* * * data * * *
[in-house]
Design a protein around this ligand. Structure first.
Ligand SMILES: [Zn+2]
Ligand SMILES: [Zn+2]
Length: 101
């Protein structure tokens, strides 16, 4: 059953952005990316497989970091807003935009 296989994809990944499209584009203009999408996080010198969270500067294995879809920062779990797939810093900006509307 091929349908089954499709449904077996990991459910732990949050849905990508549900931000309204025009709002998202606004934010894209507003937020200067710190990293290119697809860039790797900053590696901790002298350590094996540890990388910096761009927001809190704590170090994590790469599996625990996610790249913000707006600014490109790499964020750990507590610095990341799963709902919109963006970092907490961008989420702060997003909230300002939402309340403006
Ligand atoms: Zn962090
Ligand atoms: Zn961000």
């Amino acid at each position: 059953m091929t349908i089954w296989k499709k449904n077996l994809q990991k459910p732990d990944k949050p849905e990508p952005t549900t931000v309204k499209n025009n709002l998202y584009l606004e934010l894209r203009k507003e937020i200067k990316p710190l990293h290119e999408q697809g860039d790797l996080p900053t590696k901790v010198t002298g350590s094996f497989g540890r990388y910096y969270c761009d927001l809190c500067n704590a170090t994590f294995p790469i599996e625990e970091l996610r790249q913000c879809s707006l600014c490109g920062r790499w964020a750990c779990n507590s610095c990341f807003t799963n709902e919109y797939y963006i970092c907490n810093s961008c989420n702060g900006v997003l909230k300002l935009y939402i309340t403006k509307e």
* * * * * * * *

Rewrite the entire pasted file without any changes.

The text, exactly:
[in-house]
Design a protein around this ligand. Structure first.
Ligand SMILES: [Zn+2]
Ligand SMILES: [Zn+2]
Length: 101
């Protein structure tokens, strides 16, 4: 059953952005990316497989970091807003935009 296989994809990944499209584009203009999408996080010198969270500067294995879809920062779990797939810093900006509307 091929349908089954499709449904077996990991459910732990949050849905990508549900931000309204025009709002998202606004934010894209507003937020200067710190990293290119697809860039790797900053590696901790002298350590094996540890990388910096761009927001809190704590170090994590790469599996625990996610790249913000707006600014490109790499964020750990507590610095990341799963709902919109963006970092907490961008989420702060997003909230300002939402309340403006
Ligand atoms: Zn962090
Ligand atoms: Zn961000």
């Amino acid at each position: 059953m091929t349908i089954w296989k499709k449904n077996l994809q990991k459910p732990d990944k949050p849905e990508p952005t549900t931000v309204k499209n025009n709002l998202y584009l606004e934010l894209r203009k507003e937020i200067k990316p710190l990293h290119e999408q697809g860039d790797l996080p900053t590696k901790v010198t002298g350590s094996f497989g540890r990388y910096y969270c761009d927001l809190c500067n704590a170090t994590f294995p790469i599996e625990e970091l996610r790249q913000c879809s707006l600014c490109g920062r790499w964020a750990c779990n507590s610095c990341f807003t799963n709902e919109y797939y963006i970092c907490n810093s961008c989420n702060g900006v997003l909230k300002l935009y939402i309340t403006k509307e």